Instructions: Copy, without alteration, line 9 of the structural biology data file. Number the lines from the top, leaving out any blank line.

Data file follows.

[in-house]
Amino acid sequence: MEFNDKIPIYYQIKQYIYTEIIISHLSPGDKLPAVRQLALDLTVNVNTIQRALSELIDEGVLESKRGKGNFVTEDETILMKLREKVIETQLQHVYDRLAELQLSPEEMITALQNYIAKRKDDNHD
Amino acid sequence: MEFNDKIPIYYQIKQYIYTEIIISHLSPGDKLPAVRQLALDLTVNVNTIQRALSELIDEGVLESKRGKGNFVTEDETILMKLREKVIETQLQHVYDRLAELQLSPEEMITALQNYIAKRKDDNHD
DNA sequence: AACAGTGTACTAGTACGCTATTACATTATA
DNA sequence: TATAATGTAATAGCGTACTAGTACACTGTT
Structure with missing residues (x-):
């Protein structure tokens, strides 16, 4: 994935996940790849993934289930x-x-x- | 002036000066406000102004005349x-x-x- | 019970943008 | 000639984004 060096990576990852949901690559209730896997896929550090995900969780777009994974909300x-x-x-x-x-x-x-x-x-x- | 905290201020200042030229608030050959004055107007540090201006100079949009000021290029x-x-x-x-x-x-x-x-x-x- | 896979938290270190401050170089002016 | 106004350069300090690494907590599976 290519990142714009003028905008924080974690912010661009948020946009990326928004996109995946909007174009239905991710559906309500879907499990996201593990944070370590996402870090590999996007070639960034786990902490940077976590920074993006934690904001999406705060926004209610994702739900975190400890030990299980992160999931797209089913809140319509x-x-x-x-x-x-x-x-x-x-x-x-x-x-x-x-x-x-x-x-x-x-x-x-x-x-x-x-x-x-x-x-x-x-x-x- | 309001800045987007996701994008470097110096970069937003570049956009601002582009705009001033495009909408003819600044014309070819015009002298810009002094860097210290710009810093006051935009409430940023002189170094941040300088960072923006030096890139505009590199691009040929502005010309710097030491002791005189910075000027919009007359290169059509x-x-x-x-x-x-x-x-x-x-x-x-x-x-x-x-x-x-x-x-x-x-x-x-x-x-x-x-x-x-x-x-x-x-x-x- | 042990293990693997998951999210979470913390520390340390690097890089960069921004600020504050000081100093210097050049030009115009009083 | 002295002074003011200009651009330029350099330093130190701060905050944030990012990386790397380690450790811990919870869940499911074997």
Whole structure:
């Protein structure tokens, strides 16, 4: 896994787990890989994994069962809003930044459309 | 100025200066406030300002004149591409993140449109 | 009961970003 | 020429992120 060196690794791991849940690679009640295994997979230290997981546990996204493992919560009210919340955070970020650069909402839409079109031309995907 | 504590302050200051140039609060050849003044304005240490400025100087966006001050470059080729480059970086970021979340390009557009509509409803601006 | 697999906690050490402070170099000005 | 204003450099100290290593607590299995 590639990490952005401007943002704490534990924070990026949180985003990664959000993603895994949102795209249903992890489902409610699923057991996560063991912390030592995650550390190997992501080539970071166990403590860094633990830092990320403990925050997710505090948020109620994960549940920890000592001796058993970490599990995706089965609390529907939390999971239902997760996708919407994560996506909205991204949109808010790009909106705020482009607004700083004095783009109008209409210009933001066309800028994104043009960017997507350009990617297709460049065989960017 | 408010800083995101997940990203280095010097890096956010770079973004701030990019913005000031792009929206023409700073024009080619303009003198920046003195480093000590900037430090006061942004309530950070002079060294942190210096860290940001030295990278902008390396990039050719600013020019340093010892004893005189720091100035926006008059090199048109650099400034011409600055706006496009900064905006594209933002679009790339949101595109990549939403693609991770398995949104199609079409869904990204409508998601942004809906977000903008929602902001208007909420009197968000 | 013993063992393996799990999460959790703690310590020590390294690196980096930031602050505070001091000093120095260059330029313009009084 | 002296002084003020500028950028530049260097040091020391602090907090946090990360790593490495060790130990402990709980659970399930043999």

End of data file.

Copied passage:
């Protein structure tokens, strides 16, 4: 896994787990890989994994069962809003930044459309 | 100025200066406030300002004149591409993140449109 | 009961970003 | 020429992120 060196690794791991849940690679009640295994997979230290997981546990996204493992919560009210919340955070970020650069909402839409079109031309995907 | 504590302050200051140039609060050849003044304005240490400025100087966006001050470059080729480059970086970021979340390009557009509509409803601006 | 697999906690050490402070170099000005 | 204003450099100290290593607590299995 590639990490952005401007943002704490534990924070990026949180985003990664959000993603895994949102795209249903992890489902409610699923057991996560063991912390030592995650550390190997992501080539970071166990403590860094633990830092990320403990925050997710505090948020109620994960549940920890000592001796058993970490599990995706089965609390529907939390999971239902997760996708919407994560996506909205991204949109808010790009909106705020482009607004700083004095783009109008209409210009933001066309800028994104043009960017997507350009990617297709460049065989960017 | 408010800083995101997940990203280095010097890096956010770079973004701030990019913005000031792009929206023409700073024009080619303009003198920046003195480093000590900037430090006061942004309530950070002079060294942190210096860290940001030295990278902008390396990039050719600013020019340093010892004893005189720091100035926006008059090199048109650099400034011409600055706006496009900064905006594209933002679009790339949101595109990549939403693609991770398995949104199609079409869904990204409508998601942004809906977000903008929602902001208007909420009197968000 | 013993063992393996799990999460959790703690310590020590390294690196980096930031602050505070001091000093120095260059330029313009009084 | 002296002084003020500028950028530049260097040091020391602090907090946090990360790593490495060790130990402990709980659970399930043999």